At the same time, Uber also said in its latest court filing Levandowski was holding onto these files as leverage to obtain a bonus Alphabet had been slow to pay out.

Alphabet says there was a conspiracy and that Levandowski downloaded files from Waymo in some cases on the same day he met with Uber executives. “Mr. Levandowski was illicitly downloading Waymo’s trade secrets for use at Uber,” reads the latest filing.

The Google parent company claims that on Dec. 11, 2015, Levandowski met with Uber executives and then after the meeting downloaded 14,000 files from Waymo’s servers. On Jan. 4, 2016, Levandowski met with Uber’s then-CEO Travis Kalanick and downloaded some additional Waymo files to a personal device, the filing says.

The filing doesn’t say whether he would have downloaded the files before or after the meeting with Kalanick in the second situation.

Alphabet also alleges Uber’s attempts to keep files out of court based on claims of privilege is actually part of an effort at “cloaking unfavorable facts with privilege” while revealing other pieces of information Uber thinks will be favorable.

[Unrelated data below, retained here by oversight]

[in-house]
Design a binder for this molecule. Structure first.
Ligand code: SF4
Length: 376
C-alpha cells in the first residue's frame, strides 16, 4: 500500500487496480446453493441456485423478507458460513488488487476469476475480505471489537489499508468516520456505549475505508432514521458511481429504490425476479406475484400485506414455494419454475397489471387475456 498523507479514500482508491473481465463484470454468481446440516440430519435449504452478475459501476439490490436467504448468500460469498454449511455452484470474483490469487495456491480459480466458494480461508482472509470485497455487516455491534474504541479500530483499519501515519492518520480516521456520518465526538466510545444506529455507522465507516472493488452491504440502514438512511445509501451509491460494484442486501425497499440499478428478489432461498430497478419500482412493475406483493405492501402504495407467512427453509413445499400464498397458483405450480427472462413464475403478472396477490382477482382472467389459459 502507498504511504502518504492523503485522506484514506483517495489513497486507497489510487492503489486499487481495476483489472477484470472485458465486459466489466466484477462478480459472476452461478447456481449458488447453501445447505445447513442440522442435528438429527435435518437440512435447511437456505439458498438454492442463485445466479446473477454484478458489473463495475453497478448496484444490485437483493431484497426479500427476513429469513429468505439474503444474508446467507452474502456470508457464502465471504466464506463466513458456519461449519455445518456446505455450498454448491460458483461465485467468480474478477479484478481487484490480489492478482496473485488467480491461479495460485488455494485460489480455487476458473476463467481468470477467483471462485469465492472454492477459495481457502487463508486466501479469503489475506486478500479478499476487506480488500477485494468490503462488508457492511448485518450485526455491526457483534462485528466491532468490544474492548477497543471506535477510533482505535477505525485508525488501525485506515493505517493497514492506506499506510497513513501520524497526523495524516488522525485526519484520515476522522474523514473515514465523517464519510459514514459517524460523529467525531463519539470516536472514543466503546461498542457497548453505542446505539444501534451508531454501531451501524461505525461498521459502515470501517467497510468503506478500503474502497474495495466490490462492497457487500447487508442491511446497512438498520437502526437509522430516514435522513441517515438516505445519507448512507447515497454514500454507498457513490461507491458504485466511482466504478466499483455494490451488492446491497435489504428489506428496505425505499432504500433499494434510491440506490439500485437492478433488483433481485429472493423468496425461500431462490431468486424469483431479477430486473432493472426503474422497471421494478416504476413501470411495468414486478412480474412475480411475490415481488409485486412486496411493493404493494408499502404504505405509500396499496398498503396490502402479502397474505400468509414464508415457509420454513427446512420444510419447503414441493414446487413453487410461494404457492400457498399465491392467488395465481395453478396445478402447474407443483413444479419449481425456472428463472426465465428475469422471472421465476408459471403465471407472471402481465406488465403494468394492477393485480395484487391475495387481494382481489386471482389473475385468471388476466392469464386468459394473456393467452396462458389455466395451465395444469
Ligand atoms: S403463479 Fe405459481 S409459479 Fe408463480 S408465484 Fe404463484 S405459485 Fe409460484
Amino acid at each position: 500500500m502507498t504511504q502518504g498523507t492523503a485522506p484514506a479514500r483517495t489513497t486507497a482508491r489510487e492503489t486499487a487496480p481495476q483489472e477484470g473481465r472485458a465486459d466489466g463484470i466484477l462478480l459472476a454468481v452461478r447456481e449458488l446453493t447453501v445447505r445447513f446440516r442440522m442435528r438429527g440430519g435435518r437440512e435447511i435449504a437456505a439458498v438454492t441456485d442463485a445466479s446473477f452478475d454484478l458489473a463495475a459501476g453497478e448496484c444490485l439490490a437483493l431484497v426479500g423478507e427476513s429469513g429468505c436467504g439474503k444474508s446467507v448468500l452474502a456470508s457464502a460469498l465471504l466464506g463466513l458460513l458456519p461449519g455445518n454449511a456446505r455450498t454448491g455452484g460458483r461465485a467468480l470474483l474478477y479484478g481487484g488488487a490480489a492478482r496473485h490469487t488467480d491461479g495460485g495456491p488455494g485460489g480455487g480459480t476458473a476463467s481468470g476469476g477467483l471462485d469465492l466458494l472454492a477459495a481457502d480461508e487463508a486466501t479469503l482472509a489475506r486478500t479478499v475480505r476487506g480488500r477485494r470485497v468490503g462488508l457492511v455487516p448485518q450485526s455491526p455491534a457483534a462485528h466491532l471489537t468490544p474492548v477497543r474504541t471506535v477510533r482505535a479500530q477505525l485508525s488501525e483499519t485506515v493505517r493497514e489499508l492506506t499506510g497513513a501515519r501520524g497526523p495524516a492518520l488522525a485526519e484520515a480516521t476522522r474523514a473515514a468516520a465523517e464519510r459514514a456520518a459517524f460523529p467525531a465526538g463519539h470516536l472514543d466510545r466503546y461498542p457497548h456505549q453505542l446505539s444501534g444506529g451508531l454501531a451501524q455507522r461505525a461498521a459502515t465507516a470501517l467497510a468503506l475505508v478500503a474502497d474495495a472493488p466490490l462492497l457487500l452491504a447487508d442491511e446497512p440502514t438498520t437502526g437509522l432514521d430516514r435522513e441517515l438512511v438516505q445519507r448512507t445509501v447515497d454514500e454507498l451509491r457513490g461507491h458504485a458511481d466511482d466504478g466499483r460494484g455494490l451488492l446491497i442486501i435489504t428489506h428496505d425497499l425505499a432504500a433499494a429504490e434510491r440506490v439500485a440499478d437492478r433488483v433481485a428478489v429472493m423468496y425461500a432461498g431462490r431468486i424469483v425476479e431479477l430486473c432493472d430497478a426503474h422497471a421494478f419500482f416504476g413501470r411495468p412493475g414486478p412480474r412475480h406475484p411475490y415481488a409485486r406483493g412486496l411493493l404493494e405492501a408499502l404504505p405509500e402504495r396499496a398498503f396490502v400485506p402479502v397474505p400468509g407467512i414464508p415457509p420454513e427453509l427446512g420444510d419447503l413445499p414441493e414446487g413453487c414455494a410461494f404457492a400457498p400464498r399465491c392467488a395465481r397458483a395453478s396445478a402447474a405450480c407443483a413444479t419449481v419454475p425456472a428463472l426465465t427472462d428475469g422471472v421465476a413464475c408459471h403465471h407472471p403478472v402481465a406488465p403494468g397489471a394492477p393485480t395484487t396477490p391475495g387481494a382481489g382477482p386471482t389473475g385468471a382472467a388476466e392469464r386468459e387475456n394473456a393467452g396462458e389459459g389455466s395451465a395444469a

Here is Alphabet’s full statement:

“The evidence clearly shows that stolen information has already made its way into Uber’s technology. We’re not convinced by Uber’s attempts to distance itself from a former star engineer it paid $250m to come to Uber while knowing he possessed Waymo’s proprietary information. Rather than do the right thing, Uber took part in a coverup, only firing Mr Levandowski after their actions were exposed in litigation.”
Here is Uber’s full response:

“This is the best indication yet that Waymo overpromised and can’t deliver. Uber took precautions to ensure that no former Google employees, including Levandowski, brought Google IP with them to Uber—and it worked. After searching through terabytes of data, deposing numerous employees and spending 55 hours with free reign to inspect our facilities, Waymo has turned up exactly zero evidence that any of the 14,000 files came to Uber. In recent days, Waymo has blamed a law firm, a third party forensics vendor, and now that it is becoming more and more clear that this downloading had nothing to do with Uber, they resort to peddling a ‘cover-up’ theory that was explicitly rejected by the Court as recently as last week.”

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